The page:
Possible implications as Iran looks to divert methanol to domestic petrol demand

Recent news from Iran suggests intentions to produce petrol from methanol to bridge the gap in the increasing domestic fuel shortage. Currently, the Iranian government subsidies petrol and diesel fuel, but a fuel shortage continues to grow amongst increasing consumption. The government is apparently suggesting methanol be used as a transportation fuel, either blended with gasoline directly or to produce synthetic gasoline (MTG - Methanol to Gasoline). The Iranian government will seemingly offer methanol producers incentives and tax exemptions as well to mitigate potential revenue losses.

What might this mean for the methanol industry? We’ll offer a high-level, back-of-the-envelope breakdown of some possible implications.

Iran consumes approximately 25mn t of gasoline per year, of which about 5mn t is imported. Considering the straight blending of methanol into gasoline and assuming they blend methanol at 20pc, Iran will need (by volume) 5mn t of their methanol production each year to blend into gasoline. This does not consider the energy density conversion issue, which would likely result in even more need for methanol as a fuel. This amount of methanol is over half of their current annual methanol production, which stands at approximately 8mn t/yr. Of the 8mn t of methanol production, only 300,000 is currently consumed domestically (MTBE, formaldehyde, acetic acid), with the rest exported (mostly) to China and India. Supplying 5+mn t to the domestic petrol pool would eliminate the same amount in exports to China and/or India.

With Iran exporting 5mn t less methanol into the global arena, the most significant disruption would be to China, as China is the largest export target for Iran methanol. Globally, China is—for the most part—considered the high-cost methanol producer, as such operating their methanol facilities at reduced rates. To make up for the lost imports, China would increase domestic methanol production to fill in the gap; however, this would be at a higher cost. Methanol selling prices would likely be pressured upwards. With China’s methanol prices setting the floor globally, China prices (and other regions prices to follow) would likely rise some $25-50/t; however, this likely would not devastate the industry. 

A different scenario would be if Iran methanol producers need the current 5mn t of imported gasoline with the domestic production of synthetic gasoline. This would require 13+ mn t of methanol, as MTG consumes approximately 2.6t of methanol to produce 1t of gasoline. Not only would this eliminate all of Iran’s exports, but it would also require additional methanol capacity to come online in the next several years. This is plausible as additional capacity is already expected through the remainder of the decade. But one must factor in new MTG manufacturing facilities will likely take two years at a minimum; thus MTG would not be an immediate solution.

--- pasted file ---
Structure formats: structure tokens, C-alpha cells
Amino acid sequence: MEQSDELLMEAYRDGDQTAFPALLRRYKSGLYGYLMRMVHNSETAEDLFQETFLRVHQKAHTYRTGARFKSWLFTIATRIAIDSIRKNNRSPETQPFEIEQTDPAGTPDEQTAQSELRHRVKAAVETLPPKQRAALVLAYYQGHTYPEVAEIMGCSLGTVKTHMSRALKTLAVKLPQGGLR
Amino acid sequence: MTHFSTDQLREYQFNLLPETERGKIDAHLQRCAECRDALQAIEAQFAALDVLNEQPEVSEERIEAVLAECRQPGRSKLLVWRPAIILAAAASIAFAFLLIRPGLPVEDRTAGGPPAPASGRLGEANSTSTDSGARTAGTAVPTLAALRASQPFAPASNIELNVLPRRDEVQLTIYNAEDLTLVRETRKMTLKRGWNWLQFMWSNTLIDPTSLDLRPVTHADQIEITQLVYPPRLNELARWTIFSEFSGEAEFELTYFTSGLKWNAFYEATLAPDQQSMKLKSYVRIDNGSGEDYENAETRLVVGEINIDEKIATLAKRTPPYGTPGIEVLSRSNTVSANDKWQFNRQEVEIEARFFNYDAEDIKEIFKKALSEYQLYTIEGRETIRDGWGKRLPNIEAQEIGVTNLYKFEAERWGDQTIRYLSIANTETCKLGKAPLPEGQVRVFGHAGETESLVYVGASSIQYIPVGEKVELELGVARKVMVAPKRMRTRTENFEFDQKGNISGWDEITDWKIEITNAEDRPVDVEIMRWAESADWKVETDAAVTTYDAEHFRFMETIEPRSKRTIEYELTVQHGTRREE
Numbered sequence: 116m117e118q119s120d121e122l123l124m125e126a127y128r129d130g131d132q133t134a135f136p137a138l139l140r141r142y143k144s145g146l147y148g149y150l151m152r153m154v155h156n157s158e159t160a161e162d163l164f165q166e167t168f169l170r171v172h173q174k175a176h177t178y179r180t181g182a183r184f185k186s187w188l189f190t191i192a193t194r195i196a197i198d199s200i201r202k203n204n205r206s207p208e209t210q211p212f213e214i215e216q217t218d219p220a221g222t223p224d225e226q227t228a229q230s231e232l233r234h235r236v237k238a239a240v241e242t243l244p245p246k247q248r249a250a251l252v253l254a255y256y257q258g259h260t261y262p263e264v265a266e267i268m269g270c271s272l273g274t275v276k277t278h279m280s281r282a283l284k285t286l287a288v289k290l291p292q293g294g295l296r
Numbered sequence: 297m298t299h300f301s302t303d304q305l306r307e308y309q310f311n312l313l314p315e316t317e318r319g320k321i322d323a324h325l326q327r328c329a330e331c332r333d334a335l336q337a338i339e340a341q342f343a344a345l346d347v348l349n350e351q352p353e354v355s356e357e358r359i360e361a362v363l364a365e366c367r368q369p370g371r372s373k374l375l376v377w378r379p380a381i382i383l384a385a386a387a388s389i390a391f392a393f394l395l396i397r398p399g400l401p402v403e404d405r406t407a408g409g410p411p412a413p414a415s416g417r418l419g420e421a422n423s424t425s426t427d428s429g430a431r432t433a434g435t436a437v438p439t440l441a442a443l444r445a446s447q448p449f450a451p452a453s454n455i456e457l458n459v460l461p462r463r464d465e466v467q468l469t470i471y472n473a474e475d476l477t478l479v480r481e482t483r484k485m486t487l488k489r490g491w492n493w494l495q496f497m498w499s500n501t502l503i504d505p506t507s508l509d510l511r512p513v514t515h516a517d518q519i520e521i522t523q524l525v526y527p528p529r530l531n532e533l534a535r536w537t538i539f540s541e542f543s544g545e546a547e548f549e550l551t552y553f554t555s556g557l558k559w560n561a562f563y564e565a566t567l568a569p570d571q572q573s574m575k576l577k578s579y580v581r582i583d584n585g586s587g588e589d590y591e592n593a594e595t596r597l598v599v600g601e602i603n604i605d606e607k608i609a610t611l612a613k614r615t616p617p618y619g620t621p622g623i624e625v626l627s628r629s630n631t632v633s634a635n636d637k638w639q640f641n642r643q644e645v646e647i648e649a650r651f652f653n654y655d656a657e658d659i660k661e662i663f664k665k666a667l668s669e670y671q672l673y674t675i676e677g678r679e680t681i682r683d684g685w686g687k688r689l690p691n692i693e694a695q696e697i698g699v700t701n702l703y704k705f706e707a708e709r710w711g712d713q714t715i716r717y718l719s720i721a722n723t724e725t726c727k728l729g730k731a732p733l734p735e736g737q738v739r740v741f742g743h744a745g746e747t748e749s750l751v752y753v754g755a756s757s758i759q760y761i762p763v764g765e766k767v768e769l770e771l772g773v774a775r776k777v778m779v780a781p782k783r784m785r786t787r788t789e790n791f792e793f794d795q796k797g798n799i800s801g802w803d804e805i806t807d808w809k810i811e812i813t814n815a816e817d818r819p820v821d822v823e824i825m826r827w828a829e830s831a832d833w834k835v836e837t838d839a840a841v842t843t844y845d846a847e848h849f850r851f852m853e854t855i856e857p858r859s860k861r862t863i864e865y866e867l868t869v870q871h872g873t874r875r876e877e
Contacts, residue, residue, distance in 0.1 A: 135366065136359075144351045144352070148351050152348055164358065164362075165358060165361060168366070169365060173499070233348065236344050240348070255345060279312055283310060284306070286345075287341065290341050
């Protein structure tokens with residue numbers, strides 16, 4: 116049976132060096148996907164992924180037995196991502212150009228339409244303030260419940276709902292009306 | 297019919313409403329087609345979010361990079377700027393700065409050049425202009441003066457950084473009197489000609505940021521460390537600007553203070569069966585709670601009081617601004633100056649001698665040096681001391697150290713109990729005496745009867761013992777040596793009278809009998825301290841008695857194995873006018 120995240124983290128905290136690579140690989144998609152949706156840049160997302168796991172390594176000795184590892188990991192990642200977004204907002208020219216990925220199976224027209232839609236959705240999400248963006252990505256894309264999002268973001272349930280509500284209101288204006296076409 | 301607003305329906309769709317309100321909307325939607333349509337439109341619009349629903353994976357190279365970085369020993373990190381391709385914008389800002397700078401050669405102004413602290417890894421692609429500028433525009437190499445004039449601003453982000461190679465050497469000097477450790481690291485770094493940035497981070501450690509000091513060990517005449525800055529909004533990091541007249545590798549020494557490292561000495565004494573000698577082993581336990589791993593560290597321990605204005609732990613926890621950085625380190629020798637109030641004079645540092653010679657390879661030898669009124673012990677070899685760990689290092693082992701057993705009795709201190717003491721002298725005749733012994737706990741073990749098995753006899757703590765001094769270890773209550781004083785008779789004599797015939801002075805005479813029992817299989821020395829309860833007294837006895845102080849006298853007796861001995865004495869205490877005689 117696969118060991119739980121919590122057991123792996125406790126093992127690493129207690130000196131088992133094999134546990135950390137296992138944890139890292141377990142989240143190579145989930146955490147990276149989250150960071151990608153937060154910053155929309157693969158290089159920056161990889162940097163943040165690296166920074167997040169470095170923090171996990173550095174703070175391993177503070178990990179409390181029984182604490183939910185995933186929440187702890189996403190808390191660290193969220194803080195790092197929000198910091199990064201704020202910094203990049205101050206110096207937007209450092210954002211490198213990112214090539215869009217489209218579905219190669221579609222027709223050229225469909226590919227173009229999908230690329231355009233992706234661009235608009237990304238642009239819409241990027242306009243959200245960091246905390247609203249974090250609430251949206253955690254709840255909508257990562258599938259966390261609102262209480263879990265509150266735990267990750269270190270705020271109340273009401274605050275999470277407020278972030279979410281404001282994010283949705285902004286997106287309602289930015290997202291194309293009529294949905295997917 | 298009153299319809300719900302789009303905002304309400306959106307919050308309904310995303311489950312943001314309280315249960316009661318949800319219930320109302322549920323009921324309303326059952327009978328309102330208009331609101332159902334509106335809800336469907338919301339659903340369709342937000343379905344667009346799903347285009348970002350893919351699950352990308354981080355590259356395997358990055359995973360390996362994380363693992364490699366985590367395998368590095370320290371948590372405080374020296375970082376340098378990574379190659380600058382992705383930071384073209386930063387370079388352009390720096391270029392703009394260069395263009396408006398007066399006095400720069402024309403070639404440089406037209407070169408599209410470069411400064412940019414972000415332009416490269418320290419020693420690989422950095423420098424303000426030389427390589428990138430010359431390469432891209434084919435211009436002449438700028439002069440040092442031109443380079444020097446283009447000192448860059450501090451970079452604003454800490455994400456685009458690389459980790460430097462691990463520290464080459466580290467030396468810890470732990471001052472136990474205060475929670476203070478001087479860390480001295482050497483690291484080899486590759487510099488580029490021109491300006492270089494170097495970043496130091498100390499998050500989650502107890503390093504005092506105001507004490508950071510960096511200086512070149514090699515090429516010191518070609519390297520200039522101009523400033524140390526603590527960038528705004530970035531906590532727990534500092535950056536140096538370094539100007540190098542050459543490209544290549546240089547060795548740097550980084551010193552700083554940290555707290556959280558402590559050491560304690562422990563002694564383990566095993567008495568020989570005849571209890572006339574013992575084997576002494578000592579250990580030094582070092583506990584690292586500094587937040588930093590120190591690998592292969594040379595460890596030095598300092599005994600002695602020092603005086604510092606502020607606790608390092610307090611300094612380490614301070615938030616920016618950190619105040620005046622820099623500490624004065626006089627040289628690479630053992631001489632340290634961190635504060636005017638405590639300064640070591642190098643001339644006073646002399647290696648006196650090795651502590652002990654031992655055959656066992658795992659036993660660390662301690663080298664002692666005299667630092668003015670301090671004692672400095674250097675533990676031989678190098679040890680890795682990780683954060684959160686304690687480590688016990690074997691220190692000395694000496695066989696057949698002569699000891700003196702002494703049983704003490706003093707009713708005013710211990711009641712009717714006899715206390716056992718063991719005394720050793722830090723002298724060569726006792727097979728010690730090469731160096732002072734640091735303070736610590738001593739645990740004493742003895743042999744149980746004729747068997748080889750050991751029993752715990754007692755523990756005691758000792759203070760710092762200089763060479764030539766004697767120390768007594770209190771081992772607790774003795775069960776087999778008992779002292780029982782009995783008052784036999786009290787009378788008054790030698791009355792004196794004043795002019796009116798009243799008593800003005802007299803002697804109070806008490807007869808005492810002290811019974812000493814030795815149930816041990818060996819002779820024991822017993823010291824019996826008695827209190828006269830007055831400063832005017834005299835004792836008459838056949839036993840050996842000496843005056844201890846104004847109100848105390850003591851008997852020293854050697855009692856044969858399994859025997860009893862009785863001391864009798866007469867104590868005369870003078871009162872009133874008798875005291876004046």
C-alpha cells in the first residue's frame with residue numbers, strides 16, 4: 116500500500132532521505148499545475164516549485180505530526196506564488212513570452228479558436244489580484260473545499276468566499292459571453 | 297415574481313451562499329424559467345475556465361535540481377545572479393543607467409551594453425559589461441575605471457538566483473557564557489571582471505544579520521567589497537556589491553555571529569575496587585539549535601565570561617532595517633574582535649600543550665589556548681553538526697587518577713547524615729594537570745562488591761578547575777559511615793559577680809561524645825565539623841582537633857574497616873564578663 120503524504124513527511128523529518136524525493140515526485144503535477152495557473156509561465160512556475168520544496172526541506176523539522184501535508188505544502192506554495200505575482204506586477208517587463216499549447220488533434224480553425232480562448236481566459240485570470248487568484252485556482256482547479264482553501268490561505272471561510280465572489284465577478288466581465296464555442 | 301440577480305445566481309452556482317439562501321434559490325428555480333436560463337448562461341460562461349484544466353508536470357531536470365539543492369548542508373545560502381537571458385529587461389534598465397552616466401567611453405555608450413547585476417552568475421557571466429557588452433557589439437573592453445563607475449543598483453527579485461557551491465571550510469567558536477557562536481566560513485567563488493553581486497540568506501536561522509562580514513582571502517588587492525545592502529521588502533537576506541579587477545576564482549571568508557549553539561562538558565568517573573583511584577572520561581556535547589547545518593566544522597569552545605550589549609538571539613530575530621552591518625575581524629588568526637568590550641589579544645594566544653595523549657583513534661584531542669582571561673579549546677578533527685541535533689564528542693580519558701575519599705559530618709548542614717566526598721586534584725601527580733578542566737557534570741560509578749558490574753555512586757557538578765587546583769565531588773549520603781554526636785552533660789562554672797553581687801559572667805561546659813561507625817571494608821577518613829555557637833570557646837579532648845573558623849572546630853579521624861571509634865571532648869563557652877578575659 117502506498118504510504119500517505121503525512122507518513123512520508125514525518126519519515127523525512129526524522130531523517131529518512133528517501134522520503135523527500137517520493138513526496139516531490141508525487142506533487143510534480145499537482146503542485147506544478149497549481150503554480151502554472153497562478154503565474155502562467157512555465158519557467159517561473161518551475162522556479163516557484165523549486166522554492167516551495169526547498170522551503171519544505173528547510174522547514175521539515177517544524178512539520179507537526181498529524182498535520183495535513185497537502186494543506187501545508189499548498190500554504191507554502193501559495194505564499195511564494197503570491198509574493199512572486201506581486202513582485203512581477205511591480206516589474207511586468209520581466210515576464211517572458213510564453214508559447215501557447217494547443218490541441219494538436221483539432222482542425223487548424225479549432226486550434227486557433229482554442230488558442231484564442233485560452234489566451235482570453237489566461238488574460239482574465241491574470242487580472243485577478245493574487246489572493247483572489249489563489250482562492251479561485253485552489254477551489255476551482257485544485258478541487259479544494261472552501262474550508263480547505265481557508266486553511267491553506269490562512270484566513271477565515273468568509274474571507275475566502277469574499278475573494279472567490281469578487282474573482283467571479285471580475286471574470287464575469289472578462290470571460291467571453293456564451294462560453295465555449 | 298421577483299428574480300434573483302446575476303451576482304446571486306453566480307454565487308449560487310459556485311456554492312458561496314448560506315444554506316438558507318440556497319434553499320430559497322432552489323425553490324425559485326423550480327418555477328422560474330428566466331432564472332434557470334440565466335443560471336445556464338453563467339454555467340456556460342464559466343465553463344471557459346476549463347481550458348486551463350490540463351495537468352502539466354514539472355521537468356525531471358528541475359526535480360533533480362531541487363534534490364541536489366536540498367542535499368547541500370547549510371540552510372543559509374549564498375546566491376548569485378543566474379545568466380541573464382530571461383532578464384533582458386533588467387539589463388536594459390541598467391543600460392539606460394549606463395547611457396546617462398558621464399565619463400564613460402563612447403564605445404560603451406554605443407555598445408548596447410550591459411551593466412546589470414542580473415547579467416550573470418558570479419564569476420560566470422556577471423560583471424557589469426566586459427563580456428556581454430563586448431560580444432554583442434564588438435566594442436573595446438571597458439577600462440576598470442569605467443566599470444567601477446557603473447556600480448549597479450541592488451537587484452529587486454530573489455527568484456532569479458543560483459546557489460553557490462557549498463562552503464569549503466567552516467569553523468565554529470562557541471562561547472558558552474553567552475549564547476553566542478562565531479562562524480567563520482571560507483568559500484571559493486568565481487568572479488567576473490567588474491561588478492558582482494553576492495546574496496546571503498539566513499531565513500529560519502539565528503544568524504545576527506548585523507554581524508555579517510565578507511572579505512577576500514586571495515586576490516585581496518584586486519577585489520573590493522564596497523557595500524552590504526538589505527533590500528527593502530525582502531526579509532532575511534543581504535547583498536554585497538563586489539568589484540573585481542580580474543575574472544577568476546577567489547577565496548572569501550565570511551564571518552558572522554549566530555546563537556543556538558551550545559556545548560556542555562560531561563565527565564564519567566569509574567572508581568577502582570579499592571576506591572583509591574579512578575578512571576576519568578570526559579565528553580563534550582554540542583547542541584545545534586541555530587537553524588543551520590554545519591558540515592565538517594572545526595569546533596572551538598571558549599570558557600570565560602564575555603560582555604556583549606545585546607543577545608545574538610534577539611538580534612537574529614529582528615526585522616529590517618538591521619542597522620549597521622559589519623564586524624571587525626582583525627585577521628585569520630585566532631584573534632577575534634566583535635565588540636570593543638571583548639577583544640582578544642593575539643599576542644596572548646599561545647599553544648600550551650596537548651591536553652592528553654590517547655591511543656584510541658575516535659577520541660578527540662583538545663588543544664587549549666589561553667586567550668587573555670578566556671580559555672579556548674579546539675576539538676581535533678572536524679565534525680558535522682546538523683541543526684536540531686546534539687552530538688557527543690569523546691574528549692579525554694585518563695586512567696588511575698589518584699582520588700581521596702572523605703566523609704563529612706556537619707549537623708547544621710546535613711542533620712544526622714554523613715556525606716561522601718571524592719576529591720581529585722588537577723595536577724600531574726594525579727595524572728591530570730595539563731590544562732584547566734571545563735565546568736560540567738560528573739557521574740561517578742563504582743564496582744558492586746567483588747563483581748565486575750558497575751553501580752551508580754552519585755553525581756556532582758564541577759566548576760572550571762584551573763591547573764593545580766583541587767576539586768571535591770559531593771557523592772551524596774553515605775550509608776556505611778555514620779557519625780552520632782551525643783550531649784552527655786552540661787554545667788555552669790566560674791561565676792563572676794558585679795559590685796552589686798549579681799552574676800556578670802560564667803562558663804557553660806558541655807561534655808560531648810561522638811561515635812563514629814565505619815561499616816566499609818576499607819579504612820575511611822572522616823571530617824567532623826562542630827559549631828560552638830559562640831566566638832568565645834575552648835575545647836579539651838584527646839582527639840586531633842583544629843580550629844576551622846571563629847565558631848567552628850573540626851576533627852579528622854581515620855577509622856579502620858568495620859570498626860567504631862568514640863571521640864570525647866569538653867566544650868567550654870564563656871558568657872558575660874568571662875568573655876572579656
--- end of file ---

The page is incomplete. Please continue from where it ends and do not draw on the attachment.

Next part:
However, these new global methanol dynamics would be more difficult for China, having then to account for the loss of even more Iran exports, as would India but to a far smaller degree. While China could more comfortably close a 5mn t/yr gap in lost imports via increasing domestic methanol production, having to cover up to 13mn t (or more) each year would stretch their reasonable methanol production capabilities. This would require much higher operating rates and additional online capacity in China. Additionally, thinking about the production cost curve, this scenario could easily drive prices up an additional $100/t—maybe into the low- to-mid $400/t range, which would, again, cause pricing pressure upward and percolate globally.

If the second scenario occurs, this could have even further implications domestically in Iran. If a methanol producer could export at $400+/t, a nominal netback of about $320/t would result, which translates to $1/USG equivalent, or $2.60/USG just in the raw material costs of making MTG. This $2.60/gal MTG would be selling into an already heavily subsidized gasoline market where the current cost is a mere $1.36/gal, which would require even further subsidies from the Iranian government to be economically attractive.

Above is a whirlwind thought process for the two possible scenarios and implications from Iran’s decision to begin producing petrol from methanol. It will be an interesting development to follow Iran’s incentives for methanol producers, whether it be tax exemptions or heavily discounted natural gas to make blending into petrol more economically feasible. The common thread to watch is the ultimate impact on China. The world’s methanol production and prices will likely not be directly impacted by Iran’s decisions, but any effects for China from Iran’s reduced exports would fast send a ripple throughout the industry. 

Author Dave McCaskill & Cassidy Staggers